Last semester when my family "visited" Canada on our homeschool world trip, we discovered poutine, which is essentially french fries topped with gravy and cheese. This semester, while focusing on the United States,we discovered that poutine is also a treasured food in the northeastern states. New Hampshire even has a poutine festival!
When making the homemade oven fries, I use a combination of refined coconut oil and sunflower oil. Coconut oil is über healthy, but its smoke-point is too low to use it alone. By combining the coconut oil with sunflower oil, the overall smoke-point of the oil is higher so I can achieve a nice crispness to the fries by cooking them at a high temperature.
Poutine is not gourmet, and not even particularly pretty, but it is SO good! My family does a happy dance every time I make poutine. I hope you and your family enjoy it as much as we do.
4 medium-sized Yukon Gold potatoes, preferably organic
5 Tb refined coconut oil
5 Tb sunflower oil
2 Tb butter, preferably nutrient-dense butter
2 Tb white rice flour
1&1/2 cups chicken bone broth, preferably homemade
1 tsp Celtic sea salt
Cheese: 6 ounces Mozzarella cheese (or cheese curds)*
Make the Oven Fries:
Preheat the oven to 425 degrees F.
Wash and dry the potatoes. Remove any bad spots. Cut the potatoes in half lengthwise.
Slice the potatoes thinly, a bit less than 1/8-inch thick. Spread them out on two baking sheets. I like to put the smaller pieces (from closer to the ends of the potatoes) on one baking sheet and the larger pieces on another baking sheet, since the smaller ones tend to cook faster.
Drizzle the sunflower oil over the potatoes. Add the coconut oil, and mix all around to make sure the potatoes are well-coated with oil. I find that using my hands work best for this.
Spread the potatoes back out to make sure they are in a single layer. Sprinkle with finely ground Celtic sea salt.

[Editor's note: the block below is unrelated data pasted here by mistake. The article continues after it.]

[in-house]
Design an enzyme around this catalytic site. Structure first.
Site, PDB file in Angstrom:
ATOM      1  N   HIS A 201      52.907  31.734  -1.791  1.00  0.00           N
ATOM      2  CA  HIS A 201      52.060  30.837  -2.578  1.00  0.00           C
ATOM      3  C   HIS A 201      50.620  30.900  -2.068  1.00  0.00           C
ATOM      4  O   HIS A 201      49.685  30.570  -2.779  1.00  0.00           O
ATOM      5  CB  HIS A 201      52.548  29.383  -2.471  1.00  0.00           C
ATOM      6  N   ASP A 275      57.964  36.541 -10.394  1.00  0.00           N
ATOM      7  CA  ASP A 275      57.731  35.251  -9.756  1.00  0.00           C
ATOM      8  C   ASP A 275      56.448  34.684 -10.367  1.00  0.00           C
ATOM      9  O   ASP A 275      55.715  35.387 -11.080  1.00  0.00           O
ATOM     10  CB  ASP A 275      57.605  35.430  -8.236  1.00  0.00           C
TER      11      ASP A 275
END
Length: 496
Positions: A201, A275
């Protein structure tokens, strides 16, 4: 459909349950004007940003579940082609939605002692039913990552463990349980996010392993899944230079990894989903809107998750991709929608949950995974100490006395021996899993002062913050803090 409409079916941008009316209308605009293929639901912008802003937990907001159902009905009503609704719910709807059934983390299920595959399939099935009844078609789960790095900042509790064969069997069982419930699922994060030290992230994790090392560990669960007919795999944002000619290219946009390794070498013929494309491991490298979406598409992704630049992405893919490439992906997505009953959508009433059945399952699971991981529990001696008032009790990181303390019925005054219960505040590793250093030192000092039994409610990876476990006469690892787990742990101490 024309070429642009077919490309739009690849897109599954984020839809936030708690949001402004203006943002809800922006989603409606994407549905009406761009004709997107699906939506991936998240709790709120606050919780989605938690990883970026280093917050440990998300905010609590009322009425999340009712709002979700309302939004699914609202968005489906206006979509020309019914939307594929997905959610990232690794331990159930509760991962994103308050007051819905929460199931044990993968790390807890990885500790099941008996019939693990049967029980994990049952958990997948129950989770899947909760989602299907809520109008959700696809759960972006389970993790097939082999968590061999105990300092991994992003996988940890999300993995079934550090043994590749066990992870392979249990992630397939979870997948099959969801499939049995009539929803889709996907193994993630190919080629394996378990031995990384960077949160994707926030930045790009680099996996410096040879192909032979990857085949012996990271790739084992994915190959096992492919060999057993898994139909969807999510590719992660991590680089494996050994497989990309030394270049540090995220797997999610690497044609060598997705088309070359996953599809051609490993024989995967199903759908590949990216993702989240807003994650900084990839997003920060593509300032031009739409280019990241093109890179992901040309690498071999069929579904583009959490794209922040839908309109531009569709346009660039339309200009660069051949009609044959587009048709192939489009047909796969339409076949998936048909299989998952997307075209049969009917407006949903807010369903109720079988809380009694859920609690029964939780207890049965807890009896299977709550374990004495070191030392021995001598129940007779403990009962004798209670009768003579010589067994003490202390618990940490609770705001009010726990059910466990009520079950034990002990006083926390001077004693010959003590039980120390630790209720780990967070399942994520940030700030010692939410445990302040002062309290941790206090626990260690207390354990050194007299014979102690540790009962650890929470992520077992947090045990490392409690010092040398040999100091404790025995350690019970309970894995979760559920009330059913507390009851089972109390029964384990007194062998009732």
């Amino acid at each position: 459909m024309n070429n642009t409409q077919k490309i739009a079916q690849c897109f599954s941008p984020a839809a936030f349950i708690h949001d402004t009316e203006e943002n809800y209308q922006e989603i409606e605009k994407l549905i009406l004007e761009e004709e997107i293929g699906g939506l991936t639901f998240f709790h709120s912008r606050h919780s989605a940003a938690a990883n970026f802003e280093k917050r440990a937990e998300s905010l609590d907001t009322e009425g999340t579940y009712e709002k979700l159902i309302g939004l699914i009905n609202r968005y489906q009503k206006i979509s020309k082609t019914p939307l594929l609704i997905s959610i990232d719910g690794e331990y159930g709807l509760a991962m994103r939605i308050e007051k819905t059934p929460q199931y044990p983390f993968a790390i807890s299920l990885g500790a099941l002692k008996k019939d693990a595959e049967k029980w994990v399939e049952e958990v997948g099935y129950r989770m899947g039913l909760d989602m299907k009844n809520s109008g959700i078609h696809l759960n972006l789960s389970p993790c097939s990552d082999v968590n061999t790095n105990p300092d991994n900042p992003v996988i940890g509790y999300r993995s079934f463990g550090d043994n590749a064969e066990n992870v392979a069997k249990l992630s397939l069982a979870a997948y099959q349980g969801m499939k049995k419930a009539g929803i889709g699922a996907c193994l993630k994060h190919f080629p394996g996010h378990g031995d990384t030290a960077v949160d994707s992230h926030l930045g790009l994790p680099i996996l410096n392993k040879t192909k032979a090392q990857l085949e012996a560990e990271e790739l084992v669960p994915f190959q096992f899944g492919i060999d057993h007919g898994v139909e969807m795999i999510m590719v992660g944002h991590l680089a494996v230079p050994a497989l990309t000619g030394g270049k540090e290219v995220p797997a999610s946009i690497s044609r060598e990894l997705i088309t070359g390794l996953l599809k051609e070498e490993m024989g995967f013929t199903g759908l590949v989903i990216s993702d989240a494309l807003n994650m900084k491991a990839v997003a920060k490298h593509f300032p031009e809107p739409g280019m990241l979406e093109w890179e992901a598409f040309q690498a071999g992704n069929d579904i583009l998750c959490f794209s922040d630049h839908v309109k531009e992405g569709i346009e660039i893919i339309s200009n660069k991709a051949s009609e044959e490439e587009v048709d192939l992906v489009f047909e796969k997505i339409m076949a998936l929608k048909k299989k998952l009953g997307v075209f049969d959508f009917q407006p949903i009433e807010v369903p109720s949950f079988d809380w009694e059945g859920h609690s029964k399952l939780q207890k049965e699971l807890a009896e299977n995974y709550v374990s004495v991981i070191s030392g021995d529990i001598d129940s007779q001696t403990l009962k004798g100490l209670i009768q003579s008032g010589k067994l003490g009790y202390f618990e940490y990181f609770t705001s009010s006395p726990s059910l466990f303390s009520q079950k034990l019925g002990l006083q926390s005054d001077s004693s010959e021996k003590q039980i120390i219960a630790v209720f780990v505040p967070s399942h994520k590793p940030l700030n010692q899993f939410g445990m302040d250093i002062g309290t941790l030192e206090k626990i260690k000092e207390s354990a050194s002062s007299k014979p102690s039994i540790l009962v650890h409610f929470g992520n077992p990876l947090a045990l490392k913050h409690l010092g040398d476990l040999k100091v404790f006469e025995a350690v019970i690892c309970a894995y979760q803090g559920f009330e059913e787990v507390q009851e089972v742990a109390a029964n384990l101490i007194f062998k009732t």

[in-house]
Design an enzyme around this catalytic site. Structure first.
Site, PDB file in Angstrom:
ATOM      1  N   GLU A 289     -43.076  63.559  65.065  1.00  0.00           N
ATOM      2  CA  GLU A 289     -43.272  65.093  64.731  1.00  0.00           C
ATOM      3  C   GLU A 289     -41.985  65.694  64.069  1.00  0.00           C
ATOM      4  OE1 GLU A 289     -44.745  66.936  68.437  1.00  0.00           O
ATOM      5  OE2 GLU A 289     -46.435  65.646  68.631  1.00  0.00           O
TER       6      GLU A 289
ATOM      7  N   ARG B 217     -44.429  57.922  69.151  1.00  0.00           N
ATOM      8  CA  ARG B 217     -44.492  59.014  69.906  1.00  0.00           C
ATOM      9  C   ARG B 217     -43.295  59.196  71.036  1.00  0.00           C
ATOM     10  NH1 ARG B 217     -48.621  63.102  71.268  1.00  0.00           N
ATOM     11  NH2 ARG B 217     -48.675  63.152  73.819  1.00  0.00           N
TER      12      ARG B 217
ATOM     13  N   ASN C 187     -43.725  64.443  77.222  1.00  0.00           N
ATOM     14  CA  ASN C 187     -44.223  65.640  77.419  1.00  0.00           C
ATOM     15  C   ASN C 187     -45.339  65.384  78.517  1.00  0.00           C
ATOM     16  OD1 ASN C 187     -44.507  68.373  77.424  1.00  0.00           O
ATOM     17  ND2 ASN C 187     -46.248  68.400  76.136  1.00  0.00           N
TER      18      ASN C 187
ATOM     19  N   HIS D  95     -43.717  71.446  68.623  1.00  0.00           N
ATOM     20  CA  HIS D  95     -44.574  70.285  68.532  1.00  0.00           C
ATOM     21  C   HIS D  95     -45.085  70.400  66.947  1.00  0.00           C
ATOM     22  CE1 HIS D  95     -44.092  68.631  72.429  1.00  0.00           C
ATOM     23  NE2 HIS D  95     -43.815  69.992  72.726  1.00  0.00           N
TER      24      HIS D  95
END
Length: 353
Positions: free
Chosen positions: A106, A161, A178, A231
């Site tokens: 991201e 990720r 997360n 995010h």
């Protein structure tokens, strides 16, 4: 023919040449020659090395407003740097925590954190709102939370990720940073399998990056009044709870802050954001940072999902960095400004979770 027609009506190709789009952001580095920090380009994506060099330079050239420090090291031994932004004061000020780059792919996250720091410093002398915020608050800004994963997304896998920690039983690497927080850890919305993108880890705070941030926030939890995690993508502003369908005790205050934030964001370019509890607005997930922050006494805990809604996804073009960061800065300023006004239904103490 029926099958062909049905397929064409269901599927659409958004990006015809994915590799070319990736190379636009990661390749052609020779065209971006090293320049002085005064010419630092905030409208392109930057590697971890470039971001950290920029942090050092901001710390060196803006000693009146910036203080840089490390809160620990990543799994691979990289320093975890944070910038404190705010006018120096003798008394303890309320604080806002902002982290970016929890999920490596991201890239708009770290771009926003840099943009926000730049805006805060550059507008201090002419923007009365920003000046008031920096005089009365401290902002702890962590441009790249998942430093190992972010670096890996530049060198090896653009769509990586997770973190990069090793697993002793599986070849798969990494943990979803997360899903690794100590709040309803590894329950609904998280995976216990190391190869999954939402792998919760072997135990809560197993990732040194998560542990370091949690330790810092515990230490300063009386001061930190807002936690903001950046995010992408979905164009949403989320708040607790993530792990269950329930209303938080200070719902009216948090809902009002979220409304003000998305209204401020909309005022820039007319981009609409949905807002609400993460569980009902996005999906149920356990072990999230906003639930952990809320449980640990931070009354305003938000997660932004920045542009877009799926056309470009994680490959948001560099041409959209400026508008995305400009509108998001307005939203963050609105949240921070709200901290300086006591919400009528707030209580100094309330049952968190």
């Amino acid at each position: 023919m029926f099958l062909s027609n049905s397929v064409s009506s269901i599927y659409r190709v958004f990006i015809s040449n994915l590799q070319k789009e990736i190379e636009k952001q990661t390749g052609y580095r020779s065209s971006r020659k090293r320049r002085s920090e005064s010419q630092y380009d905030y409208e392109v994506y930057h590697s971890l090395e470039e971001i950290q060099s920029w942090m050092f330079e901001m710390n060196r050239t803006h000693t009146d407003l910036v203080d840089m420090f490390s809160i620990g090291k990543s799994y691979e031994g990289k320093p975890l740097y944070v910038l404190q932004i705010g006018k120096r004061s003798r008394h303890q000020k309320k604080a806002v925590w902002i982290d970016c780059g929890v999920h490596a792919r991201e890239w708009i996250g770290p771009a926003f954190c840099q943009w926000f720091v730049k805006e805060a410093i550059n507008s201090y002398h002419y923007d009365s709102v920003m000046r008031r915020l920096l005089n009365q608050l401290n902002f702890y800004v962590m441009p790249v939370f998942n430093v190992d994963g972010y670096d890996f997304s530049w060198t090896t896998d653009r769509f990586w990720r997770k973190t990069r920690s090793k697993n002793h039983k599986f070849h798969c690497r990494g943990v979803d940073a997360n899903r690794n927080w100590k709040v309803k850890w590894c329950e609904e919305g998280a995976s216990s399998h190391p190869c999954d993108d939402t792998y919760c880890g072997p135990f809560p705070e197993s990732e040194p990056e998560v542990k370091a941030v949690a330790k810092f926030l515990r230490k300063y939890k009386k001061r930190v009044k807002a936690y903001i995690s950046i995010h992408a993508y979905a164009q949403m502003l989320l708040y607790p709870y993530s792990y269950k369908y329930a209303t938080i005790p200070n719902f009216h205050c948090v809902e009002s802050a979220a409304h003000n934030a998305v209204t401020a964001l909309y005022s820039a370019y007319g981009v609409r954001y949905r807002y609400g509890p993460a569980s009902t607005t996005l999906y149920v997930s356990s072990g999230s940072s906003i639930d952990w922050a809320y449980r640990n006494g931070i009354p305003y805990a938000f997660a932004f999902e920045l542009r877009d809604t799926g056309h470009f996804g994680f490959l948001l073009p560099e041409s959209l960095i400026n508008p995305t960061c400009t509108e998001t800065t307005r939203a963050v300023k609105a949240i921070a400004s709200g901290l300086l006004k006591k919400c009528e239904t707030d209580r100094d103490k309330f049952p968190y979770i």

Bake for 15-20 minutes, until the edges of the potatoes are starting to brown.
Remove the potatoes from the oven (one sheet at a time) and flip over the potatoes. Then swap the placement in the oven (whichever sheet was on the upper rack should now go on the lower rack). Bake again for ~10-15 minutes longer. The smaller fries will tend to cook faster than the larger ones, so they'll probably be done a few minutes before the larger fries.
While the fries cook, prepare the gravy as described below.
As soon as the potatoes are done baking, sprinkle them again with salt.
Place the cooked fries on a paper-towel-lined-plate to drain off most of the excess oil.
Cut the cheese into smallish cubes and set aside.
Melt the butter in a small saucepan over medium heat.
Whisk in the rice flour and allow to cook for a few minutes, stirring frequently.
Whisk in the chicken bone broth. Add the salt and bring to a boil. (My homemade chicken broth is not salted. If you are using salted broth, make sure to reduce the amount of salt accordingly.)
Reduce the heat to a simmer and cook for a few minutes to let the gravy thicken.
Reduce heat to low, stirring occasionally, until the fries are done.
Assemble the Poutine:
Divide up the fries evenly onto plates. Do NOT eat any fries yet, or you'll never stop 'cause they are addicting!
Top the fries with the Mozzarella chunks.
Spoon gravy over it all. There will likely be a little leftover gravy, but better too much gravy than not enough.
Serve and enjoy! Some perfect accompaniments would be marinated cabbage salad or a green salad topped with honey mustard mayo dressing.
*Traditionally, poutine is made with cheese curds. However, I can't purchase cheese curds locally at any of the stores where I shop, so I have substituted Mozzarella.
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